Here, we provide a high-resolution and high-coverage map comprising the methylation status of individual cytosines throughout the cotton genome in response to drought stress. On the basis of the possible regulatory functions of lncRNAs, and to investigate the roles of lncRNAs in adjusting the epigenome modifications, we integrated the DNA methylome and lncRNAs. Based on this resource, future studies can use low-coverage methylome sequencing to determine the impact of differentially methylated regions on gene expression, chromosome biology, and transgenerational inheritance. For example, this will allow breeders to determine the contribution of epigenetic modifications to phenotypic variations [21], and the breeders can utilize a form of “epigenetic selection” to analogously select the individuals with desired epigenomic patterns in breeding programs.

Results

Genome-wide patterns of DNA methylation

Bisulfite treatment of DNA, termed the “gold standard” of DNA methylation research, can convert unmethylated cytosines into uracils while leaving methylated cytosines unchanged, which allows the generation of “methylomes” at single-base resolution [22]. The bisulfite-converted DNA of drought-tolerant cotton variety ZhongH177 under different treatments, including CK, drought (relative water content (RWC) reached approximately 7% in pots) (Fig. 1a), and re-watering, was sequenced with Illumina Hi-Seq instruments at a coverage that provided information on the methylation states of individual cytosines with high confidence. The percentage of methylated cytosines varied depending on the local sequence context (C, CG, CHG and CHH) and the external treatments (CK, drought and re-watering). The results of WGBS are listed in Table 1. We obtained 228,002,142 and 256,948,717 and 253,873,809 reads after CK, drought and re-watering stresses, respectively. In addition, the mapping rate was 65.28, 67.68 and 67.51%, respectively, showing that the method and the results have high reliability and accuracy. The distribution of methylation sites in each chromosome was analyzed (Fig. 1b and Additional file 1: Figure S1, Additional file 2: Figure S2 and Additional file 3: Figure S3). Among the methylated cytosines, we found that more than half of them were located in asymmetric CHH contexts (Table 1). The total mC in the whole genome under three environments (CK, D and re-watering) was 27.99, 32.34 and 29.95%, respectively, showing an up-regulated methylation level after drought stress and a re-down-regulated trend after recovery from drought stress by re-watering compared with CK. The duplication rate (the percentage of repetitive sequences in all clean sequencing reads) increased approximately 2% after drought stress and re-watering (Table 2), which showed that repetitive sequences may be important in response to drought stress through the alterations of the methylation level and state. Interestingly, we found that methylated cytosines in mCpG, mCHG, mCHH contexts all showed a hyper-methylation pattern after drought stress compared with CK and re-watering, but the alterations in the CHH contexts were more significant than the alterations in other contexts. This finding suggested that methylation levels in asymmetric CHH contexts were dynamically changing with external environments and were mostly correlated with environments. In symmetric CG and CHG contexts, more than half of these cytosines were methylated while only a small proportion were methylated in the CHH context (Table 2).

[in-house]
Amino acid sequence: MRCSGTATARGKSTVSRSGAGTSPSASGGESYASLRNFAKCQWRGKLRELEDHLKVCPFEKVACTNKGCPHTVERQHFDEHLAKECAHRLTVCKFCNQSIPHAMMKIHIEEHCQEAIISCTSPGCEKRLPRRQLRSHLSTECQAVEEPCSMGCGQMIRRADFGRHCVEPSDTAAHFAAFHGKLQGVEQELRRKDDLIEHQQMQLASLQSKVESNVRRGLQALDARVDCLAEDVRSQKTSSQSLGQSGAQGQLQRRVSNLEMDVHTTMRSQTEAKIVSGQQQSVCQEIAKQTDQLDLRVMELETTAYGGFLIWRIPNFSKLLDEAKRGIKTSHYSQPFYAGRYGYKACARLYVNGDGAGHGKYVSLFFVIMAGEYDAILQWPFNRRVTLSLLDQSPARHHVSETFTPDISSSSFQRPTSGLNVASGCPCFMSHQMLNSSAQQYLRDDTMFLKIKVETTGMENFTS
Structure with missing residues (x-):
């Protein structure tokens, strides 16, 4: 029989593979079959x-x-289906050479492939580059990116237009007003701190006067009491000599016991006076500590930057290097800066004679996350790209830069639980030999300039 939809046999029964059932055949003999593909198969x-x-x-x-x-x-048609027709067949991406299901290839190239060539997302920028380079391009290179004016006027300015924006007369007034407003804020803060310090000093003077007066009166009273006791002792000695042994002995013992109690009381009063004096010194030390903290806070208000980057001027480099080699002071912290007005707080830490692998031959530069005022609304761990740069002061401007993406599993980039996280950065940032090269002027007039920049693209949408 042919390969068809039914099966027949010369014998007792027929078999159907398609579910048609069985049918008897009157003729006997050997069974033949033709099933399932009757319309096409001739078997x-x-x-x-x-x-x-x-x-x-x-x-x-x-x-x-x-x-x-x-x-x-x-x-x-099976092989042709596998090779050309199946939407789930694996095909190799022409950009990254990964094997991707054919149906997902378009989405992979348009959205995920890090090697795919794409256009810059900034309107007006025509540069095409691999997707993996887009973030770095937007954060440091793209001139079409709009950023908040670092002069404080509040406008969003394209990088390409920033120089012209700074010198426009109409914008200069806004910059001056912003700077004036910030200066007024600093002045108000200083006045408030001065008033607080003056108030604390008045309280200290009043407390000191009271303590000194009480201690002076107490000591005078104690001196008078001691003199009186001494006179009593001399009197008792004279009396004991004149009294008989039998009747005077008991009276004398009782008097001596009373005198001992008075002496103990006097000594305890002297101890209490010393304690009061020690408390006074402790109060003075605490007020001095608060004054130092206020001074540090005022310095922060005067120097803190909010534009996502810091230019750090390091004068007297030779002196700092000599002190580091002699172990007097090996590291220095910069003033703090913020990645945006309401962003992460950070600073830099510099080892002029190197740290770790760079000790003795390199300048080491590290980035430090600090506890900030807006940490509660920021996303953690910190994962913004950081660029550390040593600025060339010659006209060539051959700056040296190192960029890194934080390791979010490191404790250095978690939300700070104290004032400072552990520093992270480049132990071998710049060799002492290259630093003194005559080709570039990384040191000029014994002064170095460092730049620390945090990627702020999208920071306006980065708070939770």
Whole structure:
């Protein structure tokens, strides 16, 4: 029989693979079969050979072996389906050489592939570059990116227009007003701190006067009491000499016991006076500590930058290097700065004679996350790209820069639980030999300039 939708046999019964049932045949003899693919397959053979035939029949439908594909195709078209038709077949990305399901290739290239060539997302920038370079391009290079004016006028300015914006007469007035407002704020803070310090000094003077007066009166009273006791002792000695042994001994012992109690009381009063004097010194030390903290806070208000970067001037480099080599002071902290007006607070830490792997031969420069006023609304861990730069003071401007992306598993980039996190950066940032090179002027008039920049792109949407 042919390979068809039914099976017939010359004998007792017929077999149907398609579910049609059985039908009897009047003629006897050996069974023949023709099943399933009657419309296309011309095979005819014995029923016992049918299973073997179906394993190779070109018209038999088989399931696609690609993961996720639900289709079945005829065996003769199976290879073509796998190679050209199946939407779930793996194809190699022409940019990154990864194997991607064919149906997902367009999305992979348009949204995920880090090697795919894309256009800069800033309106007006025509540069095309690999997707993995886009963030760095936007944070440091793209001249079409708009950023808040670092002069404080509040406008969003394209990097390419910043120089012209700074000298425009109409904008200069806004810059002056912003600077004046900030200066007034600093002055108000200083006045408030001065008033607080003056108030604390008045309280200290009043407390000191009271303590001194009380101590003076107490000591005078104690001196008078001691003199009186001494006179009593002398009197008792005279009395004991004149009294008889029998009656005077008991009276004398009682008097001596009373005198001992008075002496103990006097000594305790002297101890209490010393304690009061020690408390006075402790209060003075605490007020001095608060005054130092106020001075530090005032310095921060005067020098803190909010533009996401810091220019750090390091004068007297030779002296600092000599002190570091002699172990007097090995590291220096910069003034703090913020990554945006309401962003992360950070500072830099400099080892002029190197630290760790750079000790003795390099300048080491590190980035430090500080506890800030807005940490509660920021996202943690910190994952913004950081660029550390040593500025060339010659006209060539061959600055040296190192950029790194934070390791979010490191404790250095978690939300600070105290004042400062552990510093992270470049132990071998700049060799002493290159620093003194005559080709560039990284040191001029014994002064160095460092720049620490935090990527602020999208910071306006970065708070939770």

Fig. 1

Epigenome of Gossypium hirsutum L. a Morphological changes of cotyledons under different treatments. b Density plot of 5-methylcytosine in sequence contexts (mCG, mCHG and mCHH where mC signifies 5-methylcytosine, and H represents A, C or T). The circles from the outside to inside represent mCG, mCHG, mCHH, respectively

Table 1

Bisulfite sequencing summary

Samples

Total reads

Mapped reads

Mapping rate (%)

mC

percent (%)

mCG

percent (%)

mCHG

percent (%)

mCHH

percent (%)

CK

349,288,166

228,002,142

65.28

201,543,688 (100)

47,879,971 (23.76)

45,874,296 (22.76)

107,789,421 (53.48)

D

379,630,307

256,948,717

67.68

232,876,499 (100)

50,588,873 (21.72)

48,445,561 (20.80)

13,3842,065 (57.47)

Re_W

376,067,028

253,873,809

67.51

215,698,912 (100)

49,367,000 (22.89)

47,336,957 (21.95)